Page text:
Most interns don’t deliberately try to deceive executives at their employer’s company, but Dolby intern Jimmy Tobin was asked to do just that.

For a reception following a day of meetings for the company’s 90 top leaders, Tobin, a student of symbolic systems at Stanford University, and fellow interns working in the Science Group with Senior Staff Scientist Poppy Crum were asked to create a series of demonstrations of perceptual illusions. While the demonstrations were meant to be entertaining, they also underlined Dolby’s continuing research into the neuroscience that underlies human perception.

In one demo, Tobin and fellow intern Stanford graduate Jennifer Hsu recreated the rubber-hand illusion.

A volunteer sits at a table and sets his or her left arm next to a rubber version of a right hand. The volunteer’s real right hand goes out of sight behind a low partition. The demonstrator brushes both the rubber hand and the hand that is out of the volunteer’s sight at the same time.

“You’re looking at the [rubber] hand,” said Tobin, “and you start to believe that that hand is part of your body … and your brain starts to assimilate that as part of your body.

“There’s two ways to do it,” he said. “You can stop touching [the real hand] and keep touching [the rubber hand] and ask, ‘Did you feel that?’ and usually they do. Or you can ask them to close their eyes and point to their hand, and they’ll point to [the rubber hand].”

Many of the interns were nervous about stroking the hands of Dolby execs. But Tobin joked that he saw it as a good career move. “So I was the guy brushing the executives’ hand. [He mimed the action.] ‘I’m Jimmy, and I’d like a job someday. Please remember this.’”

But Tobin’s five-month research internship hasn’t all been fun and games. He’s worked in Dolby’s San Francisco headquarters on experiments to see how slight modifications to audio and video quality affect viewers’ engagement in a movie.

Tobin spent weeks selecting and preparing movie clips for use in the tests.

“Psychophysical research is really precise,” Tobin said. “I’ve had to watch 20 or 30 movies and analyze different scenes to find scenes that had the criteria that we were looking for.”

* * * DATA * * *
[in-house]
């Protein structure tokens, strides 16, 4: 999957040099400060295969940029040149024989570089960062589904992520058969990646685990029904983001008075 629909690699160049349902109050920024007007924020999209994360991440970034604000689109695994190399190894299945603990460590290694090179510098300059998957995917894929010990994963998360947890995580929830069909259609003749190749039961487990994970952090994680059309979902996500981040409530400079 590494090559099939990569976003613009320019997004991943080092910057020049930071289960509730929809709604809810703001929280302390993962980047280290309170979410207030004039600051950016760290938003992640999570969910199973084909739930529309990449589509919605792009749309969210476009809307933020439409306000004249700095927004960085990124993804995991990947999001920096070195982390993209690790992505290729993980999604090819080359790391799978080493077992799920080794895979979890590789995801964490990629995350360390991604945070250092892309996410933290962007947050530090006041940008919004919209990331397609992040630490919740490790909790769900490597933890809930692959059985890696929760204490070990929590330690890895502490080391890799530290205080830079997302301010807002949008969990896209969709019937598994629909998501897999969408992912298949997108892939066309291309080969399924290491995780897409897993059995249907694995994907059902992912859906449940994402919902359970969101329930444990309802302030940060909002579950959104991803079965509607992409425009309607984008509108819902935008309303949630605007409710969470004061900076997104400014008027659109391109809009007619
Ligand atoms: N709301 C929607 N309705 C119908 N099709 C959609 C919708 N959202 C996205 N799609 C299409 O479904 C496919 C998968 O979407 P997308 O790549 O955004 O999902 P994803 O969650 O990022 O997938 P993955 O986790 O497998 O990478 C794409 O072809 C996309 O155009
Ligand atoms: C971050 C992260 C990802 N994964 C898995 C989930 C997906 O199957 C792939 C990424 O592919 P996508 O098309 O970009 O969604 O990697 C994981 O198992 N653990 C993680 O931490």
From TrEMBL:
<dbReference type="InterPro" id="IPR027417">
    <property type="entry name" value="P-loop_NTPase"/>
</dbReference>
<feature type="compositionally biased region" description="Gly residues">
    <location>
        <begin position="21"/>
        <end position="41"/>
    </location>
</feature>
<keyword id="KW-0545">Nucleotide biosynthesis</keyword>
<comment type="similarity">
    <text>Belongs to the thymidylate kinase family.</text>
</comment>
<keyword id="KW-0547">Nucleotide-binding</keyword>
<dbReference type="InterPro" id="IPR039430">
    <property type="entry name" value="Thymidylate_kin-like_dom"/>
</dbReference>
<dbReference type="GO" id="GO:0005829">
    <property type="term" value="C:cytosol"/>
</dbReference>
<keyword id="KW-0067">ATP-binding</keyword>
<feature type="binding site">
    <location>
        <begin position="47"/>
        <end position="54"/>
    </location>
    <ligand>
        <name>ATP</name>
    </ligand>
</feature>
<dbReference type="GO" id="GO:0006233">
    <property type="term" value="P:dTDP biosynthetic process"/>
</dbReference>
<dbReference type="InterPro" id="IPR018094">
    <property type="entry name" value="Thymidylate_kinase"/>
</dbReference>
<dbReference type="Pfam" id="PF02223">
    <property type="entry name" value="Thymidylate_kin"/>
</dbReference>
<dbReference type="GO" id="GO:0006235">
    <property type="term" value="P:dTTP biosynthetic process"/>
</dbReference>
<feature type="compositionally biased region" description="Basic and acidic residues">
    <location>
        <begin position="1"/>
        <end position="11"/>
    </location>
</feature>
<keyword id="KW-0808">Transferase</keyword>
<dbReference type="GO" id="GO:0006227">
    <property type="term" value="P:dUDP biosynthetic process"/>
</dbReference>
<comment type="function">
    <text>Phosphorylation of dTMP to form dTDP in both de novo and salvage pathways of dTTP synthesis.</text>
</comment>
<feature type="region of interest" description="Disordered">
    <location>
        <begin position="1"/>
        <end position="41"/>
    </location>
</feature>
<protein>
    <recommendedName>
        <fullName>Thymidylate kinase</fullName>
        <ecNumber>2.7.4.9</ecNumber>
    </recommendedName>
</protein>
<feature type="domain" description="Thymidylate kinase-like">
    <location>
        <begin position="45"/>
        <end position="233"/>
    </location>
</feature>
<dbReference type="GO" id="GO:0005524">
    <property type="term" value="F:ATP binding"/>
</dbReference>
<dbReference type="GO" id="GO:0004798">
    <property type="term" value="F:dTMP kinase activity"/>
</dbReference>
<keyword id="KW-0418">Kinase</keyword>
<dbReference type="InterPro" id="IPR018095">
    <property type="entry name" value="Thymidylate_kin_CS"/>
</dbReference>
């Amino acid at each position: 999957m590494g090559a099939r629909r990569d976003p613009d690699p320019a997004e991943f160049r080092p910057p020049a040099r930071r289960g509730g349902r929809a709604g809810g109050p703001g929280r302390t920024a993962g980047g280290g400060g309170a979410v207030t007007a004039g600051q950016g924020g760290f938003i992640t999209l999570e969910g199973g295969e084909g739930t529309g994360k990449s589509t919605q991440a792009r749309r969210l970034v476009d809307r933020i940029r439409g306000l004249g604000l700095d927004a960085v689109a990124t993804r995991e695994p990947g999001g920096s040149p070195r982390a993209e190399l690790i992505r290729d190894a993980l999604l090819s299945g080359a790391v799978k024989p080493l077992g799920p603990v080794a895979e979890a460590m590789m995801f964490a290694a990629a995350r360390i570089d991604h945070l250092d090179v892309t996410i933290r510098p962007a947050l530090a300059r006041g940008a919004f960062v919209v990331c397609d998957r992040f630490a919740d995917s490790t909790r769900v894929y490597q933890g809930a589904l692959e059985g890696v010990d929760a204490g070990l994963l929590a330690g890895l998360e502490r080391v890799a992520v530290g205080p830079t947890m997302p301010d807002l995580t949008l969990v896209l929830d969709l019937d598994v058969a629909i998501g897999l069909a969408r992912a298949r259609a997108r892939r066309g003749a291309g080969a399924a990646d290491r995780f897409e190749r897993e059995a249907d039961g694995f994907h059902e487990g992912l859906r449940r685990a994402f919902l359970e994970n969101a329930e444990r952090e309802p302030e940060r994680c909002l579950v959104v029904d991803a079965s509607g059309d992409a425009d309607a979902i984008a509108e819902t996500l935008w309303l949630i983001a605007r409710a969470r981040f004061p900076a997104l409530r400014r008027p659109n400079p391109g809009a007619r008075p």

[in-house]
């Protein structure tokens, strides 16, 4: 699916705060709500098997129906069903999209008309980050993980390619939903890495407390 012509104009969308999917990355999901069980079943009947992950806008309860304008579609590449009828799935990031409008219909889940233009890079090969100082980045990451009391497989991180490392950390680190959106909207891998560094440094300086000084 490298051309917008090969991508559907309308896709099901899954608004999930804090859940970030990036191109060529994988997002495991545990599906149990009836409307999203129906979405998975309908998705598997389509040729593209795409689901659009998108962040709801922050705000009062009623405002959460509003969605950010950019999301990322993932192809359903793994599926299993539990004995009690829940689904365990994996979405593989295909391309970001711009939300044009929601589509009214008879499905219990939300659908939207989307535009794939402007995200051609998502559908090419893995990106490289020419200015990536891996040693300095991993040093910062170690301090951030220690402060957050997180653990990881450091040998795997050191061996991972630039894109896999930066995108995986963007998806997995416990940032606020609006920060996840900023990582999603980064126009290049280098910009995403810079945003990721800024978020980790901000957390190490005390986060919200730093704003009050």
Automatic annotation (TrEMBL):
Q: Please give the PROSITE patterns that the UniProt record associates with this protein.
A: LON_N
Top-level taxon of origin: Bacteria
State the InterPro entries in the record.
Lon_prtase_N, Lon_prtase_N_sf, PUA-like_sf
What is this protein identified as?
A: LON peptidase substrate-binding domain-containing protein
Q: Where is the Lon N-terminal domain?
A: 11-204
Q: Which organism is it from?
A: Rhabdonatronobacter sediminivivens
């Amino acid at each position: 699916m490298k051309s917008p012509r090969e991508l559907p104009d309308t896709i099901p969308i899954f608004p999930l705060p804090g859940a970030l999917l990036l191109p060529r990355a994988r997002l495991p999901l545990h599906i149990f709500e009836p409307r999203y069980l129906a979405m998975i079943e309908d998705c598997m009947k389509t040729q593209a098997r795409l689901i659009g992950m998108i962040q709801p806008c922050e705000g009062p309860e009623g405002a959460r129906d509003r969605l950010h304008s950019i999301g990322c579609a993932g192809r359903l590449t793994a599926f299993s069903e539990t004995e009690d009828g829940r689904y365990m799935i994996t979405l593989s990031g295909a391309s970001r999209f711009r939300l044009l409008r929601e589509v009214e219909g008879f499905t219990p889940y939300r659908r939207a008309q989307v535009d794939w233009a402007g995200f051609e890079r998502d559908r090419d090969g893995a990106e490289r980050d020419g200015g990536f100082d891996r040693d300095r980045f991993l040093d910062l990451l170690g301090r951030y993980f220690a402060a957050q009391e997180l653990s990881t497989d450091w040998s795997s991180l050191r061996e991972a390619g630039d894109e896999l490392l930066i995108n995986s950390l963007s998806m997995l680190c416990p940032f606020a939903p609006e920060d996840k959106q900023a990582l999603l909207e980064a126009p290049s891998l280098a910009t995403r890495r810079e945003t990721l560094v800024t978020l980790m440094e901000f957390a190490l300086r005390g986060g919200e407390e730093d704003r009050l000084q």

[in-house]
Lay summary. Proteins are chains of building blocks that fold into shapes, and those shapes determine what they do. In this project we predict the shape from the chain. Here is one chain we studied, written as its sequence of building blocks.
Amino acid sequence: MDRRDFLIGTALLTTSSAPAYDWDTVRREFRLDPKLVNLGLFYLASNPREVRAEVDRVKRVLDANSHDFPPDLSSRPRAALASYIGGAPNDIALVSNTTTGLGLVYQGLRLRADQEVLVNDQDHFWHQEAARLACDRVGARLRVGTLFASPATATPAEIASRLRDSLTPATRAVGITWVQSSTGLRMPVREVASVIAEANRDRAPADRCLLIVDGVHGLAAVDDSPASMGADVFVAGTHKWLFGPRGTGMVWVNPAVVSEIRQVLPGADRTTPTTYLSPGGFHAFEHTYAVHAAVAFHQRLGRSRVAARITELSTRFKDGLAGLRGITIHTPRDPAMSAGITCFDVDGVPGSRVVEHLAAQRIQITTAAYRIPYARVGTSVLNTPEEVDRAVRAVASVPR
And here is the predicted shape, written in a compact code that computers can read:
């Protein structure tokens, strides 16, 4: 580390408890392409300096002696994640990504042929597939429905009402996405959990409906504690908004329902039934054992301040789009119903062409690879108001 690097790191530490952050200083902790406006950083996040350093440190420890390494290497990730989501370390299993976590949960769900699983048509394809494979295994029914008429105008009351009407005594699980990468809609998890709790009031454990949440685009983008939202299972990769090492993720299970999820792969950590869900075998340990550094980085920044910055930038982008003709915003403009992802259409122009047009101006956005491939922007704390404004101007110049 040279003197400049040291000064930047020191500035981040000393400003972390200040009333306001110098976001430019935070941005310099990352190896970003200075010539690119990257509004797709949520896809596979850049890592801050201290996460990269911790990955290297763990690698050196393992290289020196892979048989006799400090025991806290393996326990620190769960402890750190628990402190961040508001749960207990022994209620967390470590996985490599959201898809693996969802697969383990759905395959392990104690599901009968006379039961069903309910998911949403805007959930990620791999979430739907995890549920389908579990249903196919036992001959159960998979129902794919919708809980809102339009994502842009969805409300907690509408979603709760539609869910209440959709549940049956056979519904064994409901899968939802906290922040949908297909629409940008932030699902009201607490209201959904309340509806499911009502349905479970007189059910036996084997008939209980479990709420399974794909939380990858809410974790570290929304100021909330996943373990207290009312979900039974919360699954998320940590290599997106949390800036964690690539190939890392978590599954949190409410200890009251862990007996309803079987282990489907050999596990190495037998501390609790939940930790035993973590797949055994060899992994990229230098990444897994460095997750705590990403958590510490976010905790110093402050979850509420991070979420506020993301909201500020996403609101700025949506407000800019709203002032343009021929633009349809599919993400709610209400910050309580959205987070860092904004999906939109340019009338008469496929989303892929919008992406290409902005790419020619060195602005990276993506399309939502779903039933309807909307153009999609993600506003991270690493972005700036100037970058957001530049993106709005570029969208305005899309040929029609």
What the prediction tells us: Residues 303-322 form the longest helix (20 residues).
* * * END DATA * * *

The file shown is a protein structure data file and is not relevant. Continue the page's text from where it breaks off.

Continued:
He faced some challenges, but colleagues were more than willing to help.

“If I need help with something,” said Tobin, “I can just go to somebody that knows it, and they can … give me a few minutes: ‘this is what you need to read’; ‘this is what you need to look up’; … ‘this is the tool that you can use to do that’; or ‘there’s this code that I’ve already written to do it.’”

Tobin said, “There is so much happening right now” at Dolby. It’s been exciting “to get in on the ground floor of something that’s about to happen.”

One highlight of Tobin’s internship has been the opportunity to spend time at Dolby labs in Sunnyvale, California, one place where engineers and inventors put theories to the test, fashioning and fine-tuning audio and video technologies to deliver the entertainment and work solutions of the future.

On a recent Sunnyvale visit, Tobin learned that a movie studio had sent over a new 3D visualizing tool. “It came in that day, and [the Dolby engineers] were, like, ‘Do you want to come look at this new 3D material we have?’ … It was really cool to see this new technology that only a few people get to see.”

The attraction of Dolby, Tobin said, is that “we’re looking at the perception of the entertainment space, so if you really like music … or movies, this is the place to be.

“This is the tech company that’s doing that kind of stuff, working with these amazing directors and these amazing sound designers to create the movies that you love.”

If you’re a college student, graduate student, or new graduate interested in an internship, take a look at Dolby internship opportunities.

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